The Chisholm Project

A repository of women's grassroots social activism in Brooklyn since 1945

50 Days Later, Ma’Khia Bryant Still Deserves Justice

Ma’Khia Bryant (lower right) and her sister Ja’Niah.

It has been fifty days since 16-year old Ma’Khia Bryant was shot four times by Columbus police officer Nicholas Reardon mere seconds after arriving at her foster home. We are still awaiting for Ma’Khia Bryant to receive justice for a senseless death.  Justice is not only confined to the prosecution of Officer Reardon. Justice must also involve addressing the foster care system that failed to protect her. According to press reports, that foster care home has been the scene for over twelve 911 calls in past years. Such evidence possibly suggests a disturbing pattern. The Chisholm Project supports the efforts of Rep. Joyce Beatty of Ohio, Sen. Sherrod Brown of Ohio and Sen. Ron Wyden of Oregon call for an inquiry by the US Department of Health and Human Services’ Administration for Children and Families and a private independent federal investigation.

There must be efforts to address the disregard for human life by the Columbus Police Department. At a press conference the interim Chief of Police Michael Woods explained that Reardon was not required to announce himself, give a warning, or de-escalate the situation because Ma’Khia was in possession of a weapon. The fact  that no efforts to understand the conflict or the use of de- escalation tactics draws a number of concerns around policing. 

Despite the protests that erupted in Columbus in the days following the public outcry has dwindled. But For those outside the city, a number of commentators, analysts and public figures joined the Columbus Police Department’s claim that the 16-year old Black girl was responsible for the shots that killed her and that the white male officer who pulled the trigger was not. Figures like LeBron James, a native of Ohio, who called for accountability were swiftly silenced. By the time of Ma’Khia’s funeral on April 30th, the calls for justice in her name had almost completely subsided.  Unlike other innocent Black men killed at the hands of police there was little or no coverage of  her funeral proceedings.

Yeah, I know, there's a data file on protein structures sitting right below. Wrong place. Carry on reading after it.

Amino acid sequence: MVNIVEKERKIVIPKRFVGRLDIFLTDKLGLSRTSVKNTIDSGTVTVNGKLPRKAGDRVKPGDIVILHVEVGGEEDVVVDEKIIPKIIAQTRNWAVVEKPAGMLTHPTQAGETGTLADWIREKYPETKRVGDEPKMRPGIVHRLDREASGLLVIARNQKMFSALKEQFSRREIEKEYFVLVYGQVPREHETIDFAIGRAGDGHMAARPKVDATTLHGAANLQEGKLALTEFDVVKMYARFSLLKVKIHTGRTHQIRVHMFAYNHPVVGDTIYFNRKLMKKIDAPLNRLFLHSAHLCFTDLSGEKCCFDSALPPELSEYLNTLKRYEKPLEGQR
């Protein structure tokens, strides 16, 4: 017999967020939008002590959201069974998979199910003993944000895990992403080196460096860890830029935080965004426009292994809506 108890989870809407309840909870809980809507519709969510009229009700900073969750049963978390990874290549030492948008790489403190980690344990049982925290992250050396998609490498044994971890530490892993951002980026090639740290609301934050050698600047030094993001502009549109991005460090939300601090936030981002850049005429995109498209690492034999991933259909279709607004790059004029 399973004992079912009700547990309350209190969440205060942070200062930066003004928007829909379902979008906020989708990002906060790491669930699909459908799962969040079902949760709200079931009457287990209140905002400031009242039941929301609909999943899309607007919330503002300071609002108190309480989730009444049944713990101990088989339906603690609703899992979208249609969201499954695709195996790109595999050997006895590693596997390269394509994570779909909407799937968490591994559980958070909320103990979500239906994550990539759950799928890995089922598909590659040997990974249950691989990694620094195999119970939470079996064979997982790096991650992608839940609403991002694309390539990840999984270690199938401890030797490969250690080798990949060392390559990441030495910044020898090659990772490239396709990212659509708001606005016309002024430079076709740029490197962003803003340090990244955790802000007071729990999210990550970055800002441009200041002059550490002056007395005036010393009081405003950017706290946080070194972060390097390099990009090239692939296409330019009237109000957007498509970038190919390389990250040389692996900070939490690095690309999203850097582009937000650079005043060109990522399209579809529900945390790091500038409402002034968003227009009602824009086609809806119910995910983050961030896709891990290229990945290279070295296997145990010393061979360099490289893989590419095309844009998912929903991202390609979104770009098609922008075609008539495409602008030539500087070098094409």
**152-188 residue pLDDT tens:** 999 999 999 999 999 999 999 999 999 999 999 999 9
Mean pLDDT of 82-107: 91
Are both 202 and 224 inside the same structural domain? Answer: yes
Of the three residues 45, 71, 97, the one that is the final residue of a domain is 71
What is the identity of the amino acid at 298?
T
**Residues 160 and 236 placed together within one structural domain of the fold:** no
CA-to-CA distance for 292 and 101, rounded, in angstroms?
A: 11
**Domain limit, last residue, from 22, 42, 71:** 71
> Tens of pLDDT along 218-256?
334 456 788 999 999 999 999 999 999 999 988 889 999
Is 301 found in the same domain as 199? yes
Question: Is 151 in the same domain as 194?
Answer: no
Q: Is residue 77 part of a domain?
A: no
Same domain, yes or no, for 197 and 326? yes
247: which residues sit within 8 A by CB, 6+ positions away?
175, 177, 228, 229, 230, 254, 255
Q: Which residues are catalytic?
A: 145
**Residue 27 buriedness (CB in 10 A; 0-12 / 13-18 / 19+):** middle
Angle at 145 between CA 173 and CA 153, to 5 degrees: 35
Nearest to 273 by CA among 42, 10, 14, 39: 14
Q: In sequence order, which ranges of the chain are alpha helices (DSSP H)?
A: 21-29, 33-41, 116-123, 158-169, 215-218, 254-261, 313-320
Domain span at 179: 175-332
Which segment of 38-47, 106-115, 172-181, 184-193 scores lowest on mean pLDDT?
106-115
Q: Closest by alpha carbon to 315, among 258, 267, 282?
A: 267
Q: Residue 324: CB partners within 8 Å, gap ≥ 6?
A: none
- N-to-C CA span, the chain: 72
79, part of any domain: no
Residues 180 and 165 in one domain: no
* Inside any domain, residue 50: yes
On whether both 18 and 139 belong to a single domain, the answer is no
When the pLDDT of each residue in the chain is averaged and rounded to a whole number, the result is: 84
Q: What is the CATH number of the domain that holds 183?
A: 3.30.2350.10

After the global protests in the aftermath of George Floyd’s killing, the often callous response we’ve seen to the murder of Ma’Khia Bryant is damning. But we have been here before. If it had not been for a very small group of activists who insisted otherwise, Breonna Taylor’s story, too, would have been drowned out. History has taught us that no one will fight for Black women and girls unless we take action to change the system and pressure social justice movements to center the lives of Black women and girls. Therefore, we propose the following action steps in Ma’Khia Bryant’s name: 

  1. Join Congresswoman Joyce Beatty (D-OH), Senator Sherrod Brown (D-OH) and Senator Ron Wyden (D-OR) in their request for a federal investigation into the Ohio foster care system. These lawmakers have requested that the U.S. Dept. of Health and Human Services investigate the Ma’Khia’s experience in the foster care system. Voice your support for their request by calling HHS at 1-877-696-6775 or Secretary Xavier Becerra on social media.